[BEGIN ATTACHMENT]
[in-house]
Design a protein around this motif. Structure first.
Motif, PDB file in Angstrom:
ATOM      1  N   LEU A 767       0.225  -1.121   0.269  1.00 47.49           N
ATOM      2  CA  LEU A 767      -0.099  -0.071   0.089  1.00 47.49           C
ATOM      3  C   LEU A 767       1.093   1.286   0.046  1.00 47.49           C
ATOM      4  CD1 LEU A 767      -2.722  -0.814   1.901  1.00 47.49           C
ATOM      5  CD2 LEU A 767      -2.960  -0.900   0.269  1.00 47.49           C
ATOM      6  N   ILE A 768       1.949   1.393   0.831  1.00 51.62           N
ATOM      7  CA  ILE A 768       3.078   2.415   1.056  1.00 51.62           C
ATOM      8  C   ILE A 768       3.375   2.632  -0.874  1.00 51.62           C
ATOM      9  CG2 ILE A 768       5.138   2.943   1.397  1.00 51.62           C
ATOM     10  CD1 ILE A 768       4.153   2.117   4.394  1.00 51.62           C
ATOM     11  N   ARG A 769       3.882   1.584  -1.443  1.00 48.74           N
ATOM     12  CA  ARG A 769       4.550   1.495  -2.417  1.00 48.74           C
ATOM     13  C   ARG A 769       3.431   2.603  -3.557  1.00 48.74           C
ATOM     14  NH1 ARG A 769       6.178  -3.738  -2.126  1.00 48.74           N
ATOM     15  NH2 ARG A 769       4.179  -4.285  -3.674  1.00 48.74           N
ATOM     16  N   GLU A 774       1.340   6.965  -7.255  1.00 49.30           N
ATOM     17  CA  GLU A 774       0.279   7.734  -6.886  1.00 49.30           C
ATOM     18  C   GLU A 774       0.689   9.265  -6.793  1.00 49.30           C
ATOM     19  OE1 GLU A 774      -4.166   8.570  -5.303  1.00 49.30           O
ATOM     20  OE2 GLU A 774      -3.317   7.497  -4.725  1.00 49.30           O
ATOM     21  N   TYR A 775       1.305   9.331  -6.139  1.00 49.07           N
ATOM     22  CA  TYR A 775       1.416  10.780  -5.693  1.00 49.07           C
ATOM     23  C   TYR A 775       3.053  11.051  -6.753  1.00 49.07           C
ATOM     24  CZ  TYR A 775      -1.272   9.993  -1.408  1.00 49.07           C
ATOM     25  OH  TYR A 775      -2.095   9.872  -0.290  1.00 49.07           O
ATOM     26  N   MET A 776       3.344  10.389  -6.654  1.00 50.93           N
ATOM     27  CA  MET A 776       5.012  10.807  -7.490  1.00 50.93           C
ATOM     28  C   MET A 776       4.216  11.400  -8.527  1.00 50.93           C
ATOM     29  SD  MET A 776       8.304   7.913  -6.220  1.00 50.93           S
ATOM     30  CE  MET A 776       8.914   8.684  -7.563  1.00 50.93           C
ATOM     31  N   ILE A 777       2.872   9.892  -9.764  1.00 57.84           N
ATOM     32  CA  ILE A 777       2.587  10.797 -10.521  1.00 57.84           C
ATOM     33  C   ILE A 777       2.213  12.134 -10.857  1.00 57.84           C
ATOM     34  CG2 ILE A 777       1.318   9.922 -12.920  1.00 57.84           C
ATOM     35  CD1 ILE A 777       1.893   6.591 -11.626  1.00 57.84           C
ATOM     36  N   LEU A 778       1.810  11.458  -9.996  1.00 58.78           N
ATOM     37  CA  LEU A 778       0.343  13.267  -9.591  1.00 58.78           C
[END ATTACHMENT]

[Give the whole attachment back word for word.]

[in-house]
Design a protein around this motif. Structure first.
Motif, PDB file in Angstrom:
ATOM      1  N   LEU A 767       0.225  -1.121   0.269  1.00 47.49           N
ATOM      2  CA  LEU A 767      -0.099  -0.071   0.089  1.00 47.49           C
ATOM      3  C   LEU A 767       1.093   1.286   0.046  1.00 47.49           C
ATOM      4  CD1 LEU A 767      -2.722  -0.814   1.901  1.00 47.49           C
ATOM      5  CD2 LEU A 767      -2.960  -0.900   0.269  1.00 47.49           C
ATOM      6  N   ILE A 768       1.949   1.393   0.831  1.00 51.62           N
ATOM      7  CA  ILE A 768       3.078   2.415   1.056  1.00 51.62           C
ATOM      8  C   ILE A 768       3.375   2.632  -0.874  1.00 51.62           C
ATOM      9  CG2 ILE A 768       5.138   2.943   1.397  1.00 51.62           C
ATOM     10  CD1 ILE A 768       4.153   2.117   4.394  1.00 51.62           C
ATOM     11  N   ARG A 769       3.882   1.584  -1.443  1.00 48.74           N
ATOM     12  CA  ARG A 769       4.550   1.495  -2.417  1.00 48.74           C
ATOM     13  C   ARG A 769       3.431   2.603  -3.557  1.00 48.74           C
ATOM     14  NH1 ARG A 769       6.178  -3.738  -2.126  1.00 48.74           N
ATOM     15  NH2 ARG A 769       4.179  -4.285  -3.674  1.00 48.74           N
ATOM     16  N   GLU A 774       1.340   6.965  -7.255  1.00 49.30           N
ATOM     17  CA  GLU A 774       0.279   7.734  -6.886  1.00 49.30           C
ATOM     18  C   GLU A 774       0.689   9.265  -6.793  1.00 49.30           C
ATOM     19  OE1 GLU A 774      -4.166   8.570  -5.303  1.00 49.30           O
ATOM     20  OE2 GLU A 774      -3.317   7.497  -4.725  1.00 49.30           O
ATOM     21  N   TYR A 775       1.305   9.331  -6.139  1.00 49.07           N
ATOM     22  CA  TYR A 775       1.416  10.780  -5.693  1.00 49.07           C
ATOM     23  C   TYR A 775       3.053  11.051  -6.753  1.00 49.07           C
ATOM     24  CZ  TYR A 775      -1.272   9.993  -1.408  1.00 49.07           C
ATOM     25  OH  TYR A 775      -2.095   9.872  -0.290  1.00 49.07           O
ATOM     26  N   MET A 776       3.344  10.389  -6.654  1.00 50.93           N
ATOM     27  CA  MET A 776       5.012  10.807  -7.490  1.00 50.93           C
ATOM     28  C   MET A 776       4.216  11.400  -8.527  1.00 50.93           C
ATOM     29  SD  MET A 776       8.304   7.913  -6.220  1.00 50.93           S
ATOM     30  CE  MET A 776       8.914   8.684  -7.563  1.00 50.93           C
ATOM     31  N   ILE A 777       2.872   9.892  -9.764  1.00 57.84           N
ATOM     32  CA  ILE A 777       2.587  10.797 -10.521  1.00 57.84           C
ATOM     33  C   ILE A 777       2.213  12.134 -10.857  1.00 57.84           C
ATOM     34  CG2 ILE A 777       1.318   9.922 -12.920  1.00 57.84           C
ATOM     35  CD1 ILE A 777       1.893   6.591 -11.626  1.00 57.84           C
ATOM     36  N   LEU A 778       1.810  11.458  -9.996  1.00 58.78           N
ATOM     37  CA  LEU A 778       0.343  13.267  -9.591  1.00 58.78           C